I arrived in the Outer Hebrides two weeks after a terrible storm, in January 2015. I had transported my whole world 600 miles north to become a Harris Tweed weaver.
Yarn, in various forms had been a constant thread throughout my life, collecting scraps of fabric as small child, learning to knit with my Grandma at the age of four and creating outrageous outfits as a teenager, before gaining a place at Camberwell School of Art to study Woven Textiles and Printmaking. The year before I moved to the Outer Hebrides my Father mentioned quite by chance that my Grandma had been a Silk Weaver in Paisley! Could I have inherited her genes, was she passing on to me more than knitting skills at the age of four but a lifetime passion for yarn and textiles?
I passed my Harris Tweed weaver's test and gained my weaver number, within three weeks of arriving on the Island and I began weaving for one of the mills, on the double width loom that i had bought with the house. My target was to become an independent Harris Tweed weaver within two years. It was in fact, only eighteen months before I had bought my first Hattersley loom. My neighbours, who had been weaving most of their lives, helped me assemble 'Agnes' and I was off!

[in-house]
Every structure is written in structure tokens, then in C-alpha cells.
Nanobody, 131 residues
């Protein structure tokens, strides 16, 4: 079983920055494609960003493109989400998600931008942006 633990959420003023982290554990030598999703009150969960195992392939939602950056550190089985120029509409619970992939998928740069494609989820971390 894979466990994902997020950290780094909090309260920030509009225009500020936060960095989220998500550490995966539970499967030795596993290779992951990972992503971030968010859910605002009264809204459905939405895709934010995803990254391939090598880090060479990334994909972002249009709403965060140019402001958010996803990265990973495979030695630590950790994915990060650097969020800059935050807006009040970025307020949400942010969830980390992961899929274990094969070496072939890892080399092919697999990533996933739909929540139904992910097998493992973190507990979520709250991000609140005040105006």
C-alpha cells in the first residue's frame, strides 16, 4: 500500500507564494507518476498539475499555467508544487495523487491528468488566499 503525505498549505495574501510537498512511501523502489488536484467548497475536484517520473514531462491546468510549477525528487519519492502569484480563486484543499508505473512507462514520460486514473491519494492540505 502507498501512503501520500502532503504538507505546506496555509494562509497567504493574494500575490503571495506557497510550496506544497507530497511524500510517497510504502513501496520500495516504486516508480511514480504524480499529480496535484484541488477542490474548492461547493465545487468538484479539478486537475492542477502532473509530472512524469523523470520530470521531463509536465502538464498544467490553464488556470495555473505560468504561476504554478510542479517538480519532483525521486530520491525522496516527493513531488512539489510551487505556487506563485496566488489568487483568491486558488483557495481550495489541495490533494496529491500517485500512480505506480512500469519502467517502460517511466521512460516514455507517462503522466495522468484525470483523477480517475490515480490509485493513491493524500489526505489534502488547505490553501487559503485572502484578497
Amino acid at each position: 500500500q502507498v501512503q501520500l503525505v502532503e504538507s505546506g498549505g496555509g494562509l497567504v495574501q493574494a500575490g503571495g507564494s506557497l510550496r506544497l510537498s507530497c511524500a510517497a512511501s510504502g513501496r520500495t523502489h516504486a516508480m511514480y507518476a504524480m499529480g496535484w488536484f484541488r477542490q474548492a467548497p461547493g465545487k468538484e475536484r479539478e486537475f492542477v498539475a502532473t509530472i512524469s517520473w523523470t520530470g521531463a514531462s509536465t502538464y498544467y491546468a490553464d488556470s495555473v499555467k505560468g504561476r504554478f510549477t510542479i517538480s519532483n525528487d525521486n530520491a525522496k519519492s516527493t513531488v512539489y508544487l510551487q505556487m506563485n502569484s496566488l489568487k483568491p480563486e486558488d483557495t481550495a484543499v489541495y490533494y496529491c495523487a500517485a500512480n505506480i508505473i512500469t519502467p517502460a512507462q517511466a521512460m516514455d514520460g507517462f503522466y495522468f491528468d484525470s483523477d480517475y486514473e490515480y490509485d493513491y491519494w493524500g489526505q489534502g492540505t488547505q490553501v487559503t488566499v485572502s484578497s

Inspiration for new tweeds arrived daily, as I walked along the beaches with my lovely dog Meg. I gazed out over huge skies and seas, marvelled at the beauty of the rocks and pebbles lying on the sand. The cliffs, with their undulating Strata, Shells, lichen, flora and fauna. Looking out to Sea from my loomshed, beyond the crofts, the sea and the sky, constantly changing with the seasons and the weather and the light....the patterns in nature were all around me!
....but everything has lifespan. As an Independent Harris Tweed Weaver, I was reliant on one of the three island mills for yarn and Finishing. This was great in the first two years of my new business but the past four and a half years the service the mill provided was steadily getting worse to the stage that hardly any single width tweeds were being processed. So not to be defeated, my tweeds are now sent to the mainland for finishing. Which does mean that they cannot be called Harris Tweed, so it is at this point that I introduce to you....Hebridean Tweed.
Contemporary, fresh and still 'Bringing the Outer Hebrides in to your Home'